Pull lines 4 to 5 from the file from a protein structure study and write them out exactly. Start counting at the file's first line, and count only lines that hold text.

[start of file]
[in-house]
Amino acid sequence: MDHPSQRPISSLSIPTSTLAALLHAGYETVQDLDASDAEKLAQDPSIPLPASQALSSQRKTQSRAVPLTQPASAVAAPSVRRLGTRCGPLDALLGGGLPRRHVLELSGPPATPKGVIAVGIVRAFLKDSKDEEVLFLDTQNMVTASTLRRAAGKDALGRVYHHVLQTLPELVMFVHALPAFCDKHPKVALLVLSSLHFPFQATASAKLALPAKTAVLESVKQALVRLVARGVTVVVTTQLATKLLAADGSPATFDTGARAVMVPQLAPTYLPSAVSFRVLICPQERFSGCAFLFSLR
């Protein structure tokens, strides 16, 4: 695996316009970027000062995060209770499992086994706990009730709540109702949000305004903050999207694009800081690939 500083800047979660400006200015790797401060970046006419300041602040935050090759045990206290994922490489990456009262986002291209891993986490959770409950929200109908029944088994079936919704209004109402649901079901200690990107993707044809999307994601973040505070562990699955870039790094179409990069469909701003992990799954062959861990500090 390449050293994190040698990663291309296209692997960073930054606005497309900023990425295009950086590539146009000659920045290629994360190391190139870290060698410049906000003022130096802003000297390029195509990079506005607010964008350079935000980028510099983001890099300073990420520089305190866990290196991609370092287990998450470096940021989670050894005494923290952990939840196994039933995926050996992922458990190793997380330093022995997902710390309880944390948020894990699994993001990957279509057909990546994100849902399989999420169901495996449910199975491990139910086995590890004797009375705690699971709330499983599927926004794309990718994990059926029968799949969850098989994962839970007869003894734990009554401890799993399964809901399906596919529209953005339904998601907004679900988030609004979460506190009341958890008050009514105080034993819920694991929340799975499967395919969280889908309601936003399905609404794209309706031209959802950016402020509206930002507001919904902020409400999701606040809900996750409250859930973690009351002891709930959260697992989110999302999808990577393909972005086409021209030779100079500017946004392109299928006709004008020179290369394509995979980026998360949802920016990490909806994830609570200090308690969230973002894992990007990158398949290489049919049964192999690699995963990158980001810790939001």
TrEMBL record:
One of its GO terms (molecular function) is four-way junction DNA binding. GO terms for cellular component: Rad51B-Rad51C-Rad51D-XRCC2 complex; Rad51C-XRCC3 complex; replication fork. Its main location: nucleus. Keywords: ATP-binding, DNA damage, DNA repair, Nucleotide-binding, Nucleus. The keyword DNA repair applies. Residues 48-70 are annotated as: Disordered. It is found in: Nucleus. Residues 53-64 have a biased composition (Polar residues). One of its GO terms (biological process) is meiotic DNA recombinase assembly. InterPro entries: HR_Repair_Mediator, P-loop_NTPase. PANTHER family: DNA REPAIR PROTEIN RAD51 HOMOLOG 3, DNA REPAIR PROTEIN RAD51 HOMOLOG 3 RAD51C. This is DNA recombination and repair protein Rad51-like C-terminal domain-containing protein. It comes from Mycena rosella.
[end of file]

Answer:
TrEMBL record:
One of its GO terms (molecular function) is four-way junction DNA binding. GO terms for cellular component: Rad51B-Rad51C-Rad51D-XRCC2 complex; Rad51C-XRCC3 complex; replication fork. Its main location: nucleus. Keywords: ATP-binding, DNA damage, DNA repair, Nucleotide-binding, Nucleus. The keyword DNA repair applies. Residues 48-70 are annotated as: Disordered. It is found in: Nucleus. Residues 53-64 have a biased composition (Polar residues). One of its GO terms (biological process) is meiotic DNA recombinase assembly. InterPro entries: HR_Repair_Mediator, P-loop_NTPase. PANTHER family: DNA REPAIR PROTEIN RAD51 HOMOLOG 3, DNA REPAIR PROTEIN RAD51 HOMOLOG 3 RAD51C. This is DNA recombination and repair protein Rad51-like C-terminal domain-containing protein. It comes from Mycena rosella.